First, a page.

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A Not-So-Serious Bike Buying Guide

Firstly, to readers, this is a bike buying guide for triathlon specifically. I'm certainly no industry expert, but hopefully I can help those looking to either upgrade or get their first bike.

There's so much choice out there, it's very difficult to start somewhere. Often it will be what's available in the local bike shop, but with the internet at your finger tips, the best deal is most likely going to be online. I think another important point to make is not too be afraid of the smaller sellers. I believe people tend to stick to the well known stores such as Wiggle or Evans, and don't shop around.

1. Road Frame or TT frame.

Your flexibility - those struggling to touch their toes might not be too comfortable on a TT frame. Stick to a road bike for a more upright posture. Comfort is king. You can't put out maximum power with a sore back.

Events you've entered / expected use - A lot of triathlon races tend to be on flat courses, which suits a TT position and therefore a TT frame. If Alpe d'huez is more your kind of scene, its a light road frame you'll want.

Price - Generally speaking, a specialist TT frame or triathlon bike is more expensive than a road bike. However, high end road bikes are similar in price to a lot of TT bikes nowadays. For second hand bikes, prices fluctuate wildly and there are many stories of people picking up great bargains from Gumtree or eBay. It is possible to get a great price, but think about warranty and durability. For example, it’s fairly easy to cover up damage to a carbon frame, so be careful what you bid for and always try before you buy.

2. Carbon vs Alloy

If you’re budget allows for it, get a carbon frame. They are stiffer, lighter and look A LOT better. You’ll always appreciate having a lighter bike underneath you. Not only easier to climb on, but they have much more responsive for steering purposes, and the increased stiffness means more of your energy is going into actual speed.

Having said that, carbon can degrade is harsh weather conditions. Riding around a lovely new carbon bike through the British winter on salty roads isn't the best idea. If you clean it thoroughly and regularly then you'll be okay, but perhaps stick to an alloy frame if you know you're not going to keep up with the cleaning regime.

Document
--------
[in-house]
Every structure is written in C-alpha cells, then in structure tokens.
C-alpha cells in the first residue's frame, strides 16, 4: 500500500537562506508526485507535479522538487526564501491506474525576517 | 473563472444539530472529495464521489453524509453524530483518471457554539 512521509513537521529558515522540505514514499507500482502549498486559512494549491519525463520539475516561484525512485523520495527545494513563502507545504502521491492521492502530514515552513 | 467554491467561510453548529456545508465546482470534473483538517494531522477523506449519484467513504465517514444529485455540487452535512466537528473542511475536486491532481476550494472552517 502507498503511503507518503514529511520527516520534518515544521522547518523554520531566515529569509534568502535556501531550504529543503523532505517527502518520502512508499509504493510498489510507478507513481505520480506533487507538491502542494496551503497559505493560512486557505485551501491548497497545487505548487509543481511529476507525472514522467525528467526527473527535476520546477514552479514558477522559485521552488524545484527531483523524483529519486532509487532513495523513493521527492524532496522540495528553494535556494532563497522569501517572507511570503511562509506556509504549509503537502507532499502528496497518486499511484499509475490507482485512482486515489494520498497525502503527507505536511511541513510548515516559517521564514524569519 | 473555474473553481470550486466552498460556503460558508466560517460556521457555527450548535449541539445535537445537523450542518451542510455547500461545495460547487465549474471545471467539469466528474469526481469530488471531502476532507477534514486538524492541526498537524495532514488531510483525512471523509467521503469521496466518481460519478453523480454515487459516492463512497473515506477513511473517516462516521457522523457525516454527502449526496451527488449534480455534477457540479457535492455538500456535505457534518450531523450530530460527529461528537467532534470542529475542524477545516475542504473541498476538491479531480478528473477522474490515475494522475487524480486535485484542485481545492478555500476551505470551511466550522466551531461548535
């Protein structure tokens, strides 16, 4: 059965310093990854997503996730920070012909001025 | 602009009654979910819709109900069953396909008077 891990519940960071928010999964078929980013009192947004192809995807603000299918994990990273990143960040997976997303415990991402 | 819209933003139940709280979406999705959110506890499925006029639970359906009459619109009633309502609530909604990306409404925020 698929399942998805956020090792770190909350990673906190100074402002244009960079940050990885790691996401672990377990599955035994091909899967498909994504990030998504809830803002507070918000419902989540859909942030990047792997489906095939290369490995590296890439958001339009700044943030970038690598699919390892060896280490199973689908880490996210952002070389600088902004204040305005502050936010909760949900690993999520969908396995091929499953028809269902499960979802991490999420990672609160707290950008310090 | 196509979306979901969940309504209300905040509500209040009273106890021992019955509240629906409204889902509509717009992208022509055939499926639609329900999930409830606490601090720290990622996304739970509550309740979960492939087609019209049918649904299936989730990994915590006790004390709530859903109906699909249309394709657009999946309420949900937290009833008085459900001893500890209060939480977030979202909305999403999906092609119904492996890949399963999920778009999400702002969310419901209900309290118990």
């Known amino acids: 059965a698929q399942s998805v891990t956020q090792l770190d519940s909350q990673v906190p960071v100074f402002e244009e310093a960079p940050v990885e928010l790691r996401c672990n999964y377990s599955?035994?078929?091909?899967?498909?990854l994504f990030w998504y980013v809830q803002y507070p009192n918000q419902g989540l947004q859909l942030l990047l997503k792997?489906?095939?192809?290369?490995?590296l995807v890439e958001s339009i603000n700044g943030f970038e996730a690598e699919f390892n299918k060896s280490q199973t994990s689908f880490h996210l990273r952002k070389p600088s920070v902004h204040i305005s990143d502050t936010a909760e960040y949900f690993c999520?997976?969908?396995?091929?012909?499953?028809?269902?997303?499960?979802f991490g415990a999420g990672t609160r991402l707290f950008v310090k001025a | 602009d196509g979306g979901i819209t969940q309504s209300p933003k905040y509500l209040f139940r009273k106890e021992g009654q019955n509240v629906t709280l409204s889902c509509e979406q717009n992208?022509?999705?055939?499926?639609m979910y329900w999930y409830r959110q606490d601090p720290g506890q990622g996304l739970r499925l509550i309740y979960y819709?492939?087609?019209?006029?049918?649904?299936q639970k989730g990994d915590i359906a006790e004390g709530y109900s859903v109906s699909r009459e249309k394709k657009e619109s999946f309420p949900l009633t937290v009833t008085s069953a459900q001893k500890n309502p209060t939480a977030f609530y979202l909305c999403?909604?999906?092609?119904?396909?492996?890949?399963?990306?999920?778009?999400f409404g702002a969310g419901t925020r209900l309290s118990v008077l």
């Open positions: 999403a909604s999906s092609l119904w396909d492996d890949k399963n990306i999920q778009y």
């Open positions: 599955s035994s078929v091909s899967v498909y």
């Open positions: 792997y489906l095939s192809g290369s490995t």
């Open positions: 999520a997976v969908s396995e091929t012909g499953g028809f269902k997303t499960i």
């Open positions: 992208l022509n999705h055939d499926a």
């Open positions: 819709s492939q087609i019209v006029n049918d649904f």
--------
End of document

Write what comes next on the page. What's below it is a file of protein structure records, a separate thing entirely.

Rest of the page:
3. Components

There are a lot opinions about what brand to go with, but stick with Shimano. Most pros are using it, and aside from sponsor commitments, there’s a reason why. It has long proven functionality and it just works! The mechanisms are un-complex and most maintenance can be done at home. Add to that the worldwide usage of their components - pop into any bike shop in the world and they’ll be able to fix/replace Shimano components, other brands you might not be so lucky.

Electronic vs Mechanical - Like most of your choices this comes down to a question of budget. Electronic ‘groupsets’ (The whole component bundle - gears, crank, brakes e.t.c) are easily double the price of a mechanical groupsets. Half the price of a decent bike with electronic shifting can be the gear mechanisms. Personally, the performance of mechanical shifting is almost indistinguishable to electronic shifting. There is a sliding scale of Shimano componentry however - the more you pay, the better the performance. It starts with Shimano Sora and goes up to Shimano Dura-Ace. In the middle you’ll find Shimano 105 and it offers the perfect balance of performance vs price. I would highly recommend.

I haven’t yet mentioned the advantages of electronic shifting on a TT frame. With most electronic groupsets, the front and rear derailleurs are operated with little ‘blips’. Using these instead of the traditional levers (as with Shimano 105) is much simpler, and it also allows you to change gear whilst sat up, out of the TT position, with your hands on your brakes. If your budget can stretch, Shimano Di2 (electronic) cannot be beaten. So save up your pocket money.

It’s a fine balance, finding the perfect frame and components. You can find a beautiful machine that just doesn’t have the right components or visa versa. Both frame and components have to be taken into account when buying. One doesn’t come before the other, which can make the decision really difficult. Although a hassle - it is worth knowing that you can always upgrade your components at a later date, if your budget is limiting you at the time of purchase.

4. Bike fit and extras

Some people swear by a bike fit, whilst others choose to fit at home. I think the value of a bike fit would come a few months into you riding your new bike, when you want the position nailed. You need to get used to the bike and find what’s comfortable, then go back to a specialist to have the position fine tuned. An initial set up is easily done on a turbo trainer, and make sure to match your old bikes measurements. This is also important when choosing the frame size. Most manufacturers will take your current measurements and suggest the best frame size (You could then take this to find a second hand bike in the right size). Again - try before you buy! Bikes are very much like running shoes, not all manufacturers have the same sizing guide.

Make sure to have some allowance in your budget for added extras. Whether this is pedals, a new helmet, bike lights etc, don’t forget to include them. Some bike shops will often throw in some extras when you buy a nice new expensive bike from their store!

Hopefully this guide proves usefully to you. A bike is a great investment, they hold their price well at the same time as giving you endless enjoyment. Shop around to find the best deal, and don’t discount a second hand bike - but ALWAYS try before you buy.


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